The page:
(Ronald Bergan’s article appeared in the Guardian, 6/18; Photo: The Guardian; via Adam Sullivan)
For more than half a century, there seemed to be one constant in French cinema – the actor Michel Piccoli. With his death at the age of 94 something vital has disappeared from the screen.
Never young looking – he was prematurely bald – Piccoli grew in maturity and power over the years, with directors such as Luis Buñuel, Jean-Luc Godard, Claude Chabrol, Marco Ferreri and Claude Sautet seeking his services more than once. He also worked for directors of the stature of Alfred Hitchcock, Henri-Georges Clouzot, Jacques Rivette, Costa-Gavras and Louis Malle.
Even when he was a big name, Piccoli was never too proud to play small supporting roles or even bit parts if he liked the screenplay. But whatever the size of the role, whether playing a goody or a baddie, Piccoli would bring to the character a gravitas (with a tinge of humour) and an ironic detachment, simultaneously revealing a real, recognisable human being beneath the surface.
Piccoli was born in Paris to a French mother and an Italian father, both of them musicians – his mother was a pianist; his father a violinist. At 19, he made his screen debut in a walk-on part in Sortilèges (1945), directed by Christian-Jaque.
After several roles in the cinema and theatre, he met Buñuel. “I wrote to this famous director asking him to come and see me in a play. Me, an obscure actor! It was the cheek of a young man. He came and we became friends.” Piccoli appeared in six of Buñuel’s films, usually cast as a silky, authoritarian figure.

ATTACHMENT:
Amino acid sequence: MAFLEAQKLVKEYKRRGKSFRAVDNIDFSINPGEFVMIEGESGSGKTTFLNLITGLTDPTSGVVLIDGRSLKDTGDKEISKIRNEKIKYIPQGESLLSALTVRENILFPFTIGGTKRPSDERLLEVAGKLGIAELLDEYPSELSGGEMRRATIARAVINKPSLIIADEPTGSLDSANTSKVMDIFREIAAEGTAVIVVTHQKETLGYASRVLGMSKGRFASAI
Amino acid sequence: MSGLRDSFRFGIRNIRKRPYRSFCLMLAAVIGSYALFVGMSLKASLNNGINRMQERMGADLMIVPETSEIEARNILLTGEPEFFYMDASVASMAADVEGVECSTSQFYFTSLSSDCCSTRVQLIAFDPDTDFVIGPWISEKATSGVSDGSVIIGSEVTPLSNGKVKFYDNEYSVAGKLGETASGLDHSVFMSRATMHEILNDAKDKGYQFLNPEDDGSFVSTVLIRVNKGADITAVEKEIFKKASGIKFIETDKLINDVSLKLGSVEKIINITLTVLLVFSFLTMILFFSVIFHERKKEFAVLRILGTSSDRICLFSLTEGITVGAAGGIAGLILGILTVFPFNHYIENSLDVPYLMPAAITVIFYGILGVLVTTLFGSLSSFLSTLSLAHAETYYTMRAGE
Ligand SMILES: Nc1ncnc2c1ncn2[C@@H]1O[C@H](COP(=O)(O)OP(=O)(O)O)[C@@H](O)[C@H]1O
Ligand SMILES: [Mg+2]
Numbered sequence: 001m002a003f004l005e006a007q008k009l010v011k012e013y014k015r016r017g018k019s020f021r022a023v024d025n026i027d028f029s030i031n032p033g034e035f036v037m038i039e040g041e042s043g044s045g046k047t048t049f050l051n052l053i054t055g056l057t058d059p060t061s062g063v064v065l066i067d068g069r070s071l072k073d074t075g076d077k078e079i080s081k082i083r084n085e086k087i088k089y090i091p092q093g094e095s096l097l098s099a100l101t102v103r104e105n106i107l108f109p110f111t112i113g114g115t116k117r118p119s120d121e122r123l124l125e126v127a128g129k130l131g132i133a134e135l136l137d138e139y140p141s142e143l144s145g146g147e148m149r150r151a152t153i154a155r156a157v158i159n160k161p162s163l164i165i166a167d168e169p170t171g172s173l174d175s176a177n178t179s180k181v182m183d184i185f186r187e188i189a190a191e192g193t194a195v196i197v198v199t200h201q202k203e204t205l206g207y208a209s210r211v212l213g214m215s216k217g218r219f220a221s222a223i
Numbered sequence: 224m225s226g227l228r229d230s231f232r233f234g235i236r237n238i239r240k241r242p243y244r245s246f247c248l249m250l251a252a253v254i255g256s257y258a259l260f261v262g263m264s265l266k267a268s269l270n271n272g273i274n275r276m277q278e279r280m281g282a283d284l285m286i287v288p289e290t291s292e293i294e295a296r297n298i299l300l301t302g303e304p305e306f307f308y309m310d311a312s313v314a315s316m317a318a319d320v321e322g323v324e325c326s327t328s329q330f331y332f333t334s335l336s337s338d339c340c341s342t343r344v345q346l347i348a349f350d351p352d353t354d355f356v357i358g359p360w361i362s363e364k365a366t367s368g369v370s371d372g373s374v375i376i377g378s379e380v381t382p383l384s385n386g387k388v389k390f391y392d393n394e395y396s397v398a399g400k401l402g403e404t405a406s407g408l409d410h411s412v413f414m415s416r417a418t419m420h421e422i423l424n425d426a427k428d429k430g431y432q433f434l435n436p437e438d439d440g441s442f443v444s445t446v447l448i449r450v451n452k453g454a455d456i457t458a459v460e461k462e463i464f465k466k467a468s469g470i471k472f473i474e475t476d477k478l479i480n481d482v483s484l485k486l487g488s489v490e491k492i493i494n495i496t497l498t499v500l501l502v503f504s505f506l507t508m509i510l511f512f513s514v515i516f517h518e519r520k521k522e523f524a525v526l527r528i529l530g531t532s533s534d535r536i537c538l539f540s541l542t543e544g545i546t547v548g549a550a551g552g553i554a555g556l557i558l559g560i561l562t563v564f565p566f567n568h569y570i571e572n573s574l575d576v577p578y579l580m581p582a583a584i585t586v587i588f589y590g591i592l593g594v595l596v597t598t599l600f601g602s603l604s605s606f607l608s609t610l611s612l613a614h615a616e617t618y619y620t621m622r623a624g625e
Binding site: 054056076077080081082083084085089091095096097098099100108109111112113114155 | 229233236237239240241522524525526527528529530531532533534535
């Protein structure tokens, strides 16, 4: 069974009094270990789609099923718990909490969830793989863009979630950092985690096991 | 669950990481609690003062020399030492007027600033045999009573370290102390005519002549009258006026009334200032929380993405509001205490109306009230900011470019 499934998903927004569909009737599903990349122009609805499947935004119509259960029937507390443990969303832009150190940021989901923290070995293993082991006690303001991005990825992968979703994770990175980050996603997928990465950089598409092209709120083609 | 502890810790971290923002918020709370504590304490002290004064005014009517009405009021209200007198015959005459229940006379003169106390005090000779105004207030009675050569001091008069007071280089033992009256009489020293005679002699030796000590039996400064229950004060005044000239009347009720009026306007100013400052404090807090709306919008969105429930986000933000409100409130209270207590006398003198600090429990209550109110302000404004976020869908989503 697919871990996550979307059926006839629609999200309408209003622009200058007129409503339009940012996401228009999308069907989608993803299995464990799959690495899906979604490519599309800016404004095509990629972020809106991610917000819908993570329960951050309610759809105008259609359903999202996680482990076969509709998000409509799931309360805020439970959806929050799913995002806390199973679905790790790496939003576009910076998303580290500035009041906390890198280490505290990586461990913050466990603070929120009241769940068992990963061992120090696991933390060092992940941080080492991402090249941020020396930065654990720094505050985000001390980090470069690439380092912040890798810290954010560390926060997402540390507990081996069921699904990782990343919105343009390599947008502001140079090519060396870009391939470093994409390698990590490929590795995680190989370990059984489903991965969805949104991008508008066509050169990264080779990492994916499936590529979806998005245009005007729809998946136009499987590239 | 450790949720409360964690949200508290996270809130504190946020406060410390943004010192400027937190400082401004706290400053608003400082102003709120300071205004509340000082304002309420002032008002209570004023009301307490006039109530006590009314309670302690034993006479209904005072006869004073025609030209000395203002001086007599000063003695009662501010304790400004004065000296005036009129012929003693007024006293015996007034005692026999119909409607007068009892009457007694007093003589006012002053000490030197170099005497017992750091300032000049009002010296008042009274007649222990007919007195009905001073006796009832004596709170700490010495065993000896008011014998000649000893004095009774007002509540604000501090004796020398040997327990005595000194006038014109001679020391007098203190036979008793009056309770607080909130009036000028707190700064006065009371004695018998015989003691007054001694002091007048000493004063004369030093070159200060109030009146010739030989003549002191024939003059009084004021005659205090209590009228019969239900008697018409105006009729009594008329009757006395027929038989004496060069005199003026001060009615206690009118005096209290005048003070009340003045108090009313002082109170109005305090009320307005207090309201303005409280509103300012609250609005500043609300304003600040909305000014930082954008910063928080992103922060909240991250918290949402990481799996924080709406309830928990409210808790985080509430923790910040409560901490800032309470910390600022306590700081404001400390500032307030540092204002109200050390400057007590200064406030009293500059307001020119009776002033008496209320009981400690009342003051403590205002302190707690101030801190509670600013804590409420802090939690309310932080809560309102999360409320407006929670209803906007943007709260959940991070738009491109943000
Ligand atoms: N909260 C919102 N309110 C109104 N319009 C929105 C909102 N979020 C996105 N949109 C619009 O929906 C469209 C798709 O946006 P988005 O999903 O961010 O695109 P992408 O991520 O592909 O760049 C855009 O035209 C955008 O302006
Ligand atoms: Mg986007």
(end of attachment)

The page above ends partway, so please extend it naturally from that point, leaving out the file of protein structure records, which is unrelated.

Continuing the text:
His first performance for Buñuel was as a weak, compromised priest trekking through the Brazilian jungle in La Mort en Ce Jardin (Death in the Garden/Evil Eden, 1956). In Diary of a Chambermaid (1964), he was the idle and lecherous Monsieur Monteil, sexually obsessed with Jeanne Moreau as the maid Célestine.
Just as louche was his smooth bourgeois gentleman who persuades a respectable doctor’s wife (Catherine Deneuve) to spend her afternoons working in a high-class brothel with kinky clients in Belle de Jour (1967). Piccoli reprised the role charmingly almost 40 years later in Manoel de Oliveira’s Belle Toujours (2006).
Khaled Nabawy writes: “What a sad day, Michel Piccoli dies, for the industry and the audience he is a great actor; for me, he is my greatest father ever on screen in The Immigrant! Through you I learned early how a great human being can be. . . . RIP MY greatest father on screen.”